Conducting research that meets high ethical standards is a priority for most researchers. Ethical review processes have been established to safeguard both those who participate in research and the individuals and organisations who conduct human research from unethical conduct. While horror stories of unethical and cruel research exist, thankfully, they are rare.

The process of ethical review can seem mysterious and difficult at first. However, it is often not as difficult as imagined. As will be outlined in this paper, some research and evaluation projects can be approved with expedited reviews, and others, such as those that solely utilise previously collected data (e.g., pre- and post-program participant surveys) and so pose no risk of harm to participants often do not require formal ethical approval at all.

This paper was compiled by Deborah Scott, Research Fellow with the Child Family Community Australia information exchange at the Australian Institute of Family Studies.”

The resource sheet is available on the CFCA web site.

Common Rule Revision – The Ethics Police Fight Back – Social Science Space (Robert Dingwall 2015)0

Posted by Admin in on December 20, 2015
 

“As might have been expected, the proposed revisions to the Common Rule regulating research ethics in federally funded research in the U.S. have not gone unchallenged.

The proposals are contained in a long and complex document. Even those of us who take a close interest in these things have struggled to assimilate 500 pages of dense prose. It is not, then, unreasonable that the consultation period has been extended by another 30 days. However, it is important that scholars who basically support the proposals take advantage of this to express positive views – because it is clear that there is a determined push back.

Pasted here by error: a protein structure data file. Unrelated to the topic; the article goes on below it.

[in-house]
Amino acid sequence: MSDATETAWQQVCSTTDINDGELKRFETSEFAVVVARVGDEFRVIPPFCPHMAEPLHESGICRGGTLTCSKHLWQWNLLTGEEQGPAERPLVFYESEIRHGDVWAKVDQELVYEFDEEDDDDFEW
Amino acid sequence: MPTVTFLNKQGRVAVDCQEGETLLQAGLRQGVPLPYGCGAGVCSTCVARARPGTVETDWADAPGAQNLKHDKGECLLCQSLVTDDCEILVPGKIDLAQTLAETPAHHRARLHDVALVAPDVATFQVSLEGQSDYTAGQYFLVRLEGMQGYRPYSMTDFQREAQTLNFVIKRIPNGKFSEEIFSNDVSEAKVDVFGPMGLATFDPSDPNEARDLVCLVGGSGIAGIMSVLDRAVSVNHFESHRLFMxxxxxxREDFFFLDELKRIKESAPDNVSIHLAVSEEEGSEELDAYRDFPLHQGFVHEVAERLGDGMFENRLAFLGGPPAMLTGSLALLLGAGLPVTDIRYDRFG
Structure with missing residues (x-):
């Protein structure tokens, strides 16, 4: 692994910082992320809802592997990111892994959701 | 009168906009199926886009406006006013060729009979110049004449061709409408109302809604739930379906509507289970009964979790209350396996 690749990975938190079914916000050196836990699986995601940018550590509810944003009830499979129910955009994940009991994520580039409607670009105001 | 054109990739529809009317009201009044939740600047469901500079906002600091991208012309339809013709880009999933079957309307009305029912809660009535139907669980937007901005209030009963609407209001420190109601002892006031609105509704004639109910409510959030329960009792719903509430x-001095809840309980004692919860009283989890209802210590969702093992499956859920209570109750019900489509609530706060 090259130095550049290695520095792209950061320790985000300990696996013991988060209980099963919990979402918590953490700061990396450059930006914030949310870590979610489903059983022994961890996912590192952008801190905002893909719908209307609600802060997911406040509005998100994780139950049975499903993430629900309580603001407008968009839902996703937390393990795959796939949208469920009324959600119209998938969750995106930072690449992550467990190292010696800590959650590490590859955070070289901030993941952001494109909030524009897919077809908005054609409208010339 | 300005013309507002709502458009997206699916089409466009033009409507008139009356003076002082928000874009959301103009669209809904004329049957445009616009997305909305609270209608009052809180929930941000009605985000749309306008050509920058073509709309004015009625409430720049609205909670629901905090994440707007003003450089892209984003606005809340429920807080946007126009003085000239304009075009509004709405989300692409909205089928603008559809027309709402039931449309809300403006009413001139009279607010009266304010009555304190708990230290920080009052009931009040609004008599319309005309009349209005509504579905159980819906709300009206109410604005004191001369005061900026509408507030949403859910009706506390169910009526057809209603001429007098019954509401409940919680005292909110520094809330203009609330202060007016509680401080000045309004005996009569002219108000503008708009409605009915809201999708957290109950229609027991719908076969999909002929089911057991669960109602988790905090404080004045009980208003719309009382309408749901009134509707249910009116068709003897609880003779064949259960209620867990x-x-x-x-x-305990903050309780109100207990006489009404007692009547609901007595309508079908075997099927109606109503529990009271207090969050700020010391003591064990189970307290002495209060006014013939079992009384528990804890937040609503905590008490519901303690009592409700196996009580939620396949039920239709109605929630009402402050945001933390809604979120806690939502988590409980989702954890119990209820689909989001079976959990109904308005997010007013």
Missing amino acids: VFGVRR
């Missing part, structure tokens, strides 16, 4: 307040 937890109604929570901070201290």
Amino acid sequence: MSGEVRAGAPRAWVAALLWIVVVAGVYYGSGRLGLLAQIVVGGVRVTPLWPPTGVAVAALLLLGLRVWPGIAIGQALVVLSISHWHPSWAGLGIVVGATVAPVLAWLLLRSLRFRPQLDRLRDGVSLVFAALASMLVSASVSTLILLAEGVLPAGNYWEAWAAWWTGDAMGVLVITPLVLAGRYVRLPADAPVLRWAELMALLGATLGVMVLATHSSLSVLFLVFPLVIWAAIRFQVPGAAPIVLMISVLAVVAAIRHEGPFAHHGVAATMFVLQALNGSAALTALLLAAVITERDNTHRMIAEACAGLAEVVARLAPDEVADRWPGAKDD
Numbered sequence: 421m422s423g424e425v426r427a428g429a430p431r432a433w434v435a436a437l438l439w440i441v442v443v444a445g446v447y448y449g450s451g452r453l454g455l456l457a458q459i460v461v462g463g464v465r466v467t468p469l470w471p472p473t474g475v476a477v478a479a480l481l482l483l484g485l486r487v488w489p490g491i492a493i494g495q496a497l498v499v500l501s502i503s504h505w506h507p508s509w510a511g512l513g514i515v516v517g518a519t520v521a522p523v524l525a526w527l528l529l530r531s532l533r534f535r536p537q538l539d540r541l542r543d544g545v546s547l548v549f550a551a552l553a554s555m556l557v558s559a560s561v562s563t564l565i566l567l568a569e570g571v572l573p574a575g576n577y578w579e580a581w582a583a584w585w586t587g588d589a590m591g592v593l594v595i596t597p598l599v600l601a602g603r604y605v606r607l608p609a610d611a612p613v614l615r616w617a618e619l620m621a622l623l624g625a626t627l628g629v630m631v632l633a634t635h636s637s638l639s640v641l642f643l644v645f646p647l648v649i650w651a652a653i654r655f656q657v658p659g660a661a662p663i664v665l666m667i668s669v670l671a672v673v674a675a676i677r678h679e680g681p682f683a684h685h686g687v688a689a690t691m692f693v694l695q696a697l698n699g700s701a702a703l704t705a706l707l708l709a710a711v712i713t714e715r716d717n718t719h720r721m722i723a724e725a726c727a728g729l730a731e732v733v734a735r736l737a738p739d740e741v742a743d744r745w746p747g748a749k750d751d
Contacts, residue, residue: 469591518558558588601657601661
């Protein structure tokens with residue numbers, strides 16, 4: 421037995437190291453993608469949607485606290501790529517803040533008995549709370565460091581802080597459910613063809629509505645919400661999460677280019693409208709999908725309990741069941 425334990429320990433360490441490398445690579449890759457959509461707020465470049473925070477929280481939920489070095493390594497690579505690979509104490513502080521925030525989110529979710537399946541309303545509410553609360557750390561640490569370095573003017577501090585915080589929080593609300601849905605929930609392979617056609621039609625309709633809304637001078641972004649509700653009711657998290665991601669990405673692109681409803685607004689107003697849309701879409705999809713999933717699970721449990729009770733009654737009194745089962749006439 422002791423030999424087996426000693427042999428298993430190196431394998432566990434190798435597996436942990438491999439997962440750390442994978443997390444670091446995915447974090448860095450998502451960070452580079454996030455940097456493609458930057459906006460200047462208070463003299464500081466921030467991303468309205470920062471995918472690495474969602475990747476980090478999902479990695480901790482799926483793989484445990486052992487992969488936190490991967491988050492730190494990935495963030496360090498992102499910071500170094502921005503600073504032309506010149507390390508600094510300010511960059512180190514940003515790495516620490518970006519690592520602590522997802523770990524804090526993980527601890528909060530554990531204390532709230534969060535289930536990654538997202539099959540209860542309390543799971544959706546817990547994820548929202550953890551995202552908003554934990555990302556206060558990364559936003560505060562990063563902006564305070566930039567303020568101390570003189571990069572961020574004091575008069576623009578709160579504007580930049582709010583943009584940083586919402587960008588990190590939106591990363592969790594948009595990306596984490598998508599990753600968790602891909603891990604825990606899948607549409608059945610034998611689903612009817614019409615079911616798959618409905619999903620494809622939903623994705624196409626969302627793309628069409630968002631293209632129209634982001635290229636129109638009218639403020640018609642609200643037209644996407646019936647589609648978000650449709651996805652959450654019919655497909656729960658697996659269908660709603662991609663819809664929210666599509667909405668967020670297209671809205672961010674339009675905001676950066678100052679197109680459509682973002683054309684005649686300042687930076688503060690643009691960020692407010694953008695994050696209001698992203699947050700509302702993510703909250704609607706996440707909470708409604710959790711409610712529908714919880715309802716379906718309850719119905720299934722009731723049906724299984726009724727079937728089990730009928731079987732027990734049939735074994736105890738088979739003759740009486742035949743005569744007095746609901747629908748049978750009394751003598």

As I outlined in a previous blog, these revisions would mean that most social science research would be excluded from IRB review.

Any research involving standardized testing, surveys, interviews, or observations, including audio and video recording, of public behavior, including behavior online, will be able to proceed without further review. Certain types of experimental work will also be excluded, where participants experience ‘benign interventions [which are] brief in duration, harmless, painless, not physically invasive, not likely to have a significant adverse lasting impact…[or to be] offensive or embarrassing.’ These studies may include an element of deception provided the participant agrees to this in advance. Oral history, journalism, biography and historical scholarship about named individuals can proceed solely with reference to the disciplines’ own codes of ethics. The secondary analysis of administrative data, including many health and criminal justice records, even in identifiable form, will be excluded from review provided it complies with data protection legislation. Some research with children would still require review: standardized tests and non-participant observation would be excluded but not surveys, interviews and participant observation.”

Read the full item here.
Also see the earlier item about the change to the Common Rule